It's Atlanta v. Seattle for the championship, again. I was introduced to championship soccer first hand via this very match-up, back in the A-League finals of 1995.
I missed out on the days of the Atlanta Chiefs of the NASL, I was only 5 during their last season in 1982. I didn't discover soccer until the spring of 1986 when I went out to play on my local YMCA team instead of playing baseball. I liked it, but it was the World Cup that summer that made me fall in love with the game. I vividly remember watching the epic Brazil v. France quarterfinal. It was the genius of Diego Maradona that hooked me though. I vaguely remember watching the "Goal of the Century" against England live, but it was his goal in the semifinal against Belgium that I'll really never forget. The final with Argentina and West Germany, with the Germans coming back to tie after going two goals down, followed up by an unbelievable pass from Maradona to Burruchaga to win it for Argentina, was the clincher.
I was too young to understand why there wasn't a team in Atlanta I could go see. There were the Braves, the Hawks, and the Falcons, but no soccer team. A financial news station, FNN Score, used to have Italian league games on TV on the weekends, so I saw Maradona with Napoli. MISL games were occasionally on ESPN. As the 1990 World Cup got closer, they'd show a few of the qualifiers on ESPN. I'll always remember running around the house when Paul Caligiuri scored in Trinidad.
However, I never saw a high level game up close until 1995 when the Atlanta Ruckus came to town. I had just finished my senior year in high school, and a big group of us from the team came up to the first ever game against Colorado. The Ruckus went down 3-1 before coming back in the second half to level the score, before winning in the dreaded CrapShootout. Early on, the team played great, attacking soccer. They scored a bunch of goals and were near the top of the league at the All-Star break. Pumas of Mexico came to Adams Stadium for the All-Star game, and it was an electric atmosphere.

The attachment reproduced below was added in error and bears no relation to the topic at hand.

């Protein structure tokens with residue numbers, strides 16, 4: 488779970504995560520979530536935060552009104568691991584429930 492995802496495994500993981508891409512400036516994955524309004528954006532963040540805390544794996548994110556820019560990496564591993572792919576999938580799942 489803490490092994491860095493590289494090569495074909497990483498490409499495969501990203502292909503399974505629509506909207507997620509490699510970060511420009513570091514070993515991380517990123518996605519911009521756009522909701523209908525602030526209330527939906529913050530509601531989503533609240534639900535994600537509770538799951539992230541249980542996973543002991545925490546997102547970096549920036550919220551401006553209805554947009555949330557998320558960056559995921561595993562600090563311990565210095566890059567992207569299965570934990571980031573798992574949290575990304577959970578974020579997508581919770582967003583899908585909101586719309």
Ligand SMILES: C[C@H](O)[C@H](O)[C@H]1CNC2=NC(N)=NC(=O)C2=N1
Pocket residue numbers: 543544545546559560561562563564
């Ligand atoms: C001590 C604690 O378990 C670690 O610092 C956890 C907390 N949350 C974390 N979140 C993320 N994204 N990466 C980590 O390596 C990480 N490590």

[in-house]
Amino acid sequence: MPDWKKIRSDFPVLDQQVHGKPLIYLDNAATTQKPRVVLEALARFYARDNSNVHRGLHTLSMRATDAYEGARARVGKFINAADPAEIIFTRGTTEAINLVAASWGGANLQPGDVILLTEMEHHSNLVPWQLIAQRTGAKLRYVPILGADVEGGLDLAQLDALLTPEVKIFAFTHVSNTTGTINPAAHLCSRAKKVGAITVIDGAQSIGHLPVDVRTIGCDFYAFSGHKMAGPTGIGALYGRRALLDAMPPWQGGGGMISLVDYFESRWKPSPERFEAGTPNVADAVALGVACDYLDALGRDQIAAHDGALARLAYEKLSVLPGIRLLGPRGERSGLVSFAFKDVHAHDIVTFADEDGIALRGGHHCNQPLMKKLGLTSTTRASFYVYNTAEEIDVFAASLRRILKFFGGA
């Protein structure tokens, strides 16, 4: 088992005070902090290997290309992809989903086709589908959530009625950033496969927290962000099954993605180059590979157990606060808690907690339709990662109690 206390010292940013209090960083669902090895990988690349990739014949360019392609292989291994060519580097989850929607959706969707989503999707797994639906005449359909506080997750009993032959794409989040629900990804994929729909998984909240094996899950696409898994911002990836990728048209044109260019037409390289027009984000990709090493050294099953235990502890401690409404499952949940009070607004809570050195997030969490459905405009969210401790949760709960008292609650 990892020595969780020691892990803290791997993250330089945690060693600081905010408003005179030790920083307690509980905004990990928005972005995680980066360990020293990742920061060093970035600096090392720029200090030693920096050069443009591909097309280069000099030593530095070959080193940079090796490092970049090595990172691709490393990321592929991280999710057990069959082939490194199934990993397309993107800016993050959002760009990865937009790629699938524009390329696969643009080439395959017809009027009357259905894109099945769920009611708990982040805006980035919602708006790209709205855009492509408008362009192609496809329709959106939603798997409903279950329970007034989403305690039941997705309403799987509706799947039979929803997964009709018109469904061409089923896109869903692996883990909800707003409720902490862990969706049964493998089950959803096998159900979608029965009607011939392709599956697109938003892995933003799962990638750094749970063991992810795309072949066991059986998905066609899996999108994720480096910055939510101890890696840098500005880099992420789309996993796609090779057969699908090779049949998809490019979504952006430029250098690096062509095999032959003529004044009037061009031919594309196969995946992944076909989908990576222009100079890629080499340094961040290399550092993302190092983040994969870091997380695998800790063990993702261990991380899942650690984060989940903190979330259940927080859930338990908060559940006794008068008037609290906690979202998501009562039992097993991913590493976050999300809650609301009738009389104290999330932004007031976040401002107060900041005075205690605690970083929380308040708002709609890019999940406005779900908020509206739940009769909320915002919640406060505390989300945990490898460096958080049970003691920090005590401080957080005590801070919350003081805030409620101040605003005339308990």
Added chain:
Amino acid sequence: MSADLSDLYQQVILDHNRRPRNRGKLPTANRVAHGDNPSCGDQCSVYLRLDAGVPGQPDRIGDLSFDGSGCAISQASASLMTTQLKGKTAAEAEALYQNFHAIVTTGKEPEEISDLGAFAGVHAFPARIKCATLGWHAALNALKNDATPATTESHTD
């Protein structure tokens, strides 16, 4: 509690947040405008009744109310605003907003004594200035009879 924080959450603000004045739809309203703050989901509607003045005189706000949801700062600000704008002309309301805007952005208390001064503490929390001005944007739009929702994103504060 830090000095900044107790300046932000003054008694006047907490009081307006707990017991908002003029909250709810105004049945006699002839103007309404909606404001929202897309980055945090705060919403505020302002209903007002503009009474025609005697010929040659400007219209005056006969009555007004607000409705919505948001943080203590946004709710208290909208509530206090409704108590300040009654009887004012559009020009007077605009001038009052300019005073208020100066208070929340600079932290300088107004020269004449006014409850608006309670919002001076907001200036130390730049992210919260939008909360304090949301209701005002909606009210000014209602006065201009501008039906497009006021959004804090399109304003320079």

As the season went on, we started going to the official postgame parties at Chicago's Pizza on Buford Highway and meeting some of the players. The guys were all very cool, and went out of their way to make the fans feel special. That just deepened the bond between my group of friends and the team, one of the players even called a friend for her birthday.
Injuries, and a lack of payroll dollars, began to take their toll as the season went on. Coach Lothar Osiander had to play more conservatively as his firepower kept getting injured. Luckily, he had great goalkeeping from Bill Andracki and Mun Young Yi in the shootouts. John Doyle was really the key figure on the team though, especially late in the season. He was amazing, and even earned a few more call-ups with the national team.